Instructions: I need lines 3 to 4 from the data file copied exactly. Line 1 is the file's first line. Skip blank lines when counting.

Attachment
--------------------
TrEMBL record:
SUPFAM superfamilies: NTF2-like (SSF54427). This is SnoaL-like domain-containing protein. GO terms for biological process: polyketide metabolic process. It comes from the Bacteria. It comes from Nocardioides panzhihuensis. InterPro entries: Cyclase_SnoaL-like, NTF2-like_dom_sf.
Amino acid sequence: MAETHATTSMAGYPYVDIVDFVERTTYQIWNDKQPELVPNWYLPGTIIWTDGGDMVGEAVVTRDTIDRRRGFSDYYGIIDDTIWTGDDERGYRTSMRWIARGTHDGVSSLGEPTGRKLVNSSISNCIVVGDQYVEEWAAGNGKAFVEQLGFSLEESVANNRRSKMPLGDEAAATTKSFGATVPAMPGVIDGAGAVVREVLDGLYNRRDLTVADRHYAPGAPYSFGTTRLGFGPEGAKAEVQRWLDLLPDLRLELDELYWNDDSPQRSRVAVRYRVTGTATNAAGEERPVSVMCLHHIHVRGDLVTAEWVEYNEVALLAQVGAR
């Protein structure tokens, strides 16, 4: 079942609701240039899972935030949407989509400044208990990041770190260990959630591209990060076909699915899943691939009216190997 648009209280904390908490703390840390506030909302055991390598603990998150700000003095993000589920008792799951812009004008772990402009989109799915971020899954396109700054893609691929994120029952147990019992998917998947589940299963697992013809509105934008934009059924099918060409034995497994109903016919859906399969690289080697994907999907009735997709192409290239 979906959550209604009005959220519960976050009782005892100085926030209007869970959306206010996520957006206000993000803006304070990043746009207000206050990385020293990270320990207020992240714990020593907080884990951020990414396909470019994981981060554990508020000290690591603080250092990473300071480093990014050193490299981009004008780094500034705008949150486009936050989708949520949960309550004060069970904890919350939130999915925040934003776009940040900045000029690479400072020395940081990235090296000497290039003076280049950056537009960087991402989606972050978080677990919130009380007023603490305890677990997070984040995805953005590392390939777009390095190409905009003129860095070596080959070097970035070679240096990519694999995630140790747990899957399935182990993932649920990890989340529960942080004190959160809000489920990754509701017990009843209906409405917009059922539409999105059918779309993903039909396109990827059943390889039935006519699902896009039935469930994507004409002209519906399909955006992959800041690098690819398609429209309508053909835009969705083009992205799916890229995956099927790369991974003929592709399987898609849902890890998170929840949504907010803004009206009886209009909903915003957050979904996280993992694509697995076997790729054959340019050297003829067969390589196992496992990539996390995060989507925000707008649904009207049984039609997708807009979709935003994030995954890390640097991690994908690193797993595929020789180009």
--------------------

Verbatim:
Amino acid sequence: MAETHATTSMAGYPYVDIVDFVERTTYQIWNDKQPELVPNWYLPGTIIWTDGGDMVGEAVVTRDTIDRRRGFSDYYGIIDDTIWTGDDERGYRTSMRWIARGTHDGVSSLGEPTGRKLVNSSISNCIVVGDQYVEEWAAGNGKAFVEQLGFSLEESVANNRRSKMPLGDEAAATTKSFGATVPAMPGVIDGAGAVVREVLDGLYNRRDLTVADRHYAPGAPYSFGTTRLGFGPEGAKAEVQRWLDLLPDLRLELDELYWNDDSPQRSRVAVRYRVTGTATNAAGEERPVSVMCLHHIHVRGDLVTAEWVEYNEVALLAQVGAR
């Protein structure tokens, strides 16, 4: 079942609701240039899972935030949407989509400044208990990041770190260990959630591209990060076909699915899943691939009216190997 648009209280904390908490703390840390506030909302055991390598603990998150700000003095993000589920008792799951812009004008772990402009989109799915971020899954396109700054893609691929994120029952147990019992998917998947589940299963697992013809509105934008934009059924099918060409034995497994109903016919859906399969690289080697994907999907009735997709192409290239 979906959550209604009005959220519960976050009782005892100085926030209007869970959306206010996520957006206000993000803006304070990043746009207000206050990385020293990270320990207020992240714990020593907080884990951020990414396909470019994981981060554990508020000290690591603080250092990473300071480093990014050193490299981009004008780094500034705008949150486009936050989708949520949960309550004060069970904890919350939130999915925040934003776009940040900045000029690479400072020395940081990235090296000497290039003076280049950056537009960087991402989606972050978080677990919130009380007023603490305890677990997070984040995805953005590392390939777009390095190409905009003129860095070596080959070097970035070679240096990519694999995630140790747990899957399935182990993932649920990890989340529960942080004190959160809000489920990754509701017990009843209906409405917009059922539409999105059918779309993903039909396109990827059943390889039935006519699902896009039935469930994507004409002209519906399909955006992959800041690098690819398609429209309508053909835009969705083009992205799916890229995956099927790369991974003929592709399987898609849902890890998170929840949504907010803004009206009886209009909903915003957050979904996280993992694509697995076997790729054959340019050297003829067969390589196992496992990539996390995060989507925000707008649904009207049984039609997708807009979709935003994030995954890390640097991690994908690193797993595929020789180009």